---------------------------------
" I have commented on the topic over and over again in these kinds of forums.

Apparently, the US has a "tolerance" level for drunken driving, 17,000 deaths per year, 40,000 injuries, from drunken drivers. Maybe if the numbers were 50,000 and 100,000, something would be done. I don't know what the tolerance level is, but 17,000 deaths per year isn't enough to raise the sensitivity enough for real action. To be sure, some groups attempt action, but are in the minority.

The problem is those in authority do not want to touch the topic because it hits too close to home. Many public officials are caught on DUI, and others don't want to get caught. I believe the statistic is that the average number of times a DUI arrest is made, that person has already driven DUI 78 times. In other words, it is a pattern, but rarely caught.

Right now, the public is incensed about bad tomatoes. About 150 people have been sickened by the bad food product. Not to minimize their illness, but nobody has died. Yet the topic is widely discussed, with the caveat "we have got to do something." Even Congress is holding hearings about the death of two race horses, and the poor performance of Big Brown last weekend. But, the thousands of people killed by DUI incidents gets no attention.

DUI boils down at the bottom line, selfishness. "I want to do what I want to do, when I want to do it, how I want to do, where I want to do it, ...." The key word is "I." Driving while drunk is only about self, with no regard for other's lives, or property damage.

The question is always what to do? My suggestion: First offense, impound the vehicle for three months; second offense, impound the vehicle for six months; third offense, impound the vehicle for a year. Please, ... no lines about the hardship placed on the person getting to work, driving the family around to meet their needs, etc. Remember, driving a vehicle on public roads is a privilege. Driving while drunk is an abuse of that privilege. If somebody chooses to abuse the privilege, then they need to be prepared to give up their privilege for awhile. Others around that selfish person would take some account of making him/her responsible by not driving while drunk. It would also make the owner who chooses to let an offender use their vehicle think about the person driving. I would much rather build impound yards than prisons. "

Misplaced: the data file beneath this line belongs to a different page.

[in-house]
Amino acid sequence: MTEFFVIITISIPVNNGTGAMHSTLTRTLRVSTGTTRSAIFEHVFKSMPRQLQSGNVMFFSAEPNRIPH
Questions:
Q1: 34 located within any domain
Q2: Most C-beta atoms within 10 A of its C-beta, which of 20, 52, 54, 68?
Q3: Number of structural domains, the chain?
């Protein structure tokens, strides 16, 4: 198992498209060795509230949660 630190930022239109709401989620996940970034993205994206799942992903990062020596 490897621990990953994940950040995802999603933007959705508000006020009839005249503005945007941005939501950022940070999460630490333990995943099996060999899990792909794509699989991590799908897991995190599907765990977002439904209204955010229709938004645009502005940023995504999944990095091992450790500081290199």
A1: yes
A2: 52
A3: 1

June 13, 2008 at 1:58 PM  
Blogger Brant said...

How right you are. I speak as someone who, as a teenager and young 20-something drove drunk with regularity. Perhaps if the laws had been tougher (the immediate loss of a vehicle), I would have made other arrangements (drank at home, designated driver, drank less, etc.). But in those days, the punishment for a DUI, at least a first offense, was basically a slap on the wrist. Hence, I drove drunk with impunity. Fortunately, I grew up and gained insight and responsibility, which is clearly not the course some people travel as they get older.
I actually feel sorry for people who get a DUI with a .08 or .09. Many of these people didn't intend to drive drunk. They probably thought they were fine after a couple of post-work or with-dinner beverages and didn't realize they were over the limit. But when you blow a .23, you knew damn well you shouldn't have been behind the wheel. It was a CONSCIOUS DECISION to drive drunk, defy the law and put other people at risk of injury or even death. There's no excuse for something like that, and I would be in favor of significant prison terms for anyone who drives with a BAC of more than twice the .08 limit. Some people will drink and drive no matter what the penalties. They're sociopaths and low-life scum. But tougher penalties just might make the generally law-abiding, moral person take a second look at their actions and make all of us safer.

June 13, 2008 at 2:28 PM  
Anonymous Anonymous said...

He let a lot of people down including his family and his community, especially the people that voted him in to office.

I find it to be blatent
Hypocrisy. It is totally ridiculous that Romano blatantly and willfully violated the law, setting a very poor example, and losing whatever moral authority he may have had as a leader.

Romano should use better judgement and step down.

June 15, 2008 at 12:16 AM  
Blogger Ed said...

I am totally mystified by how people can dismiss the Sheriff’s DUI as a “mistake”. Misspelling a word is a mistake…driving with a Blood Alcohol Level nearly times the legal limit is a CRIME. Would people be so quick to dismiss this mistake if someone had been hurt? If someone has a “mistake” committed against them personally, would they be so quick to forgive and forget? This could easily have been a tragedy, but fortunately someone contacted the local law enforcement in West Virginia because the Sheriff’s driving was so erratic, and he was apprehended before he had a chance to harm someone. Mr. Romano is just another in a line of Sheriffs who have brought disgrace to themselves and our county. One is, I believe, currently serving a prison term for gambling, and another committed suicide on the day he was to be sentenced for job selling. The tradition lives on.

June 16, 2008 at 12:02 PM  
Anonymous Anonymous said...

The Weekly Recorder is painful to read sometimes (hell..most of the time), but the article on his arrest was quite interesting.

He is quoted in the article as "being coherent as I am now" during the interview and "I have no holes in my hands, I am not Jesus Christ”.

Wow.

June 16, 2008 at 6:43 PM  
Anonymous Anonymous said...

Whether he steps down or not is not the issue.

The issue is....... politically he needs a fork put in him. HE'S D-O-N-E!

June 16, 2008 at 10:16 PM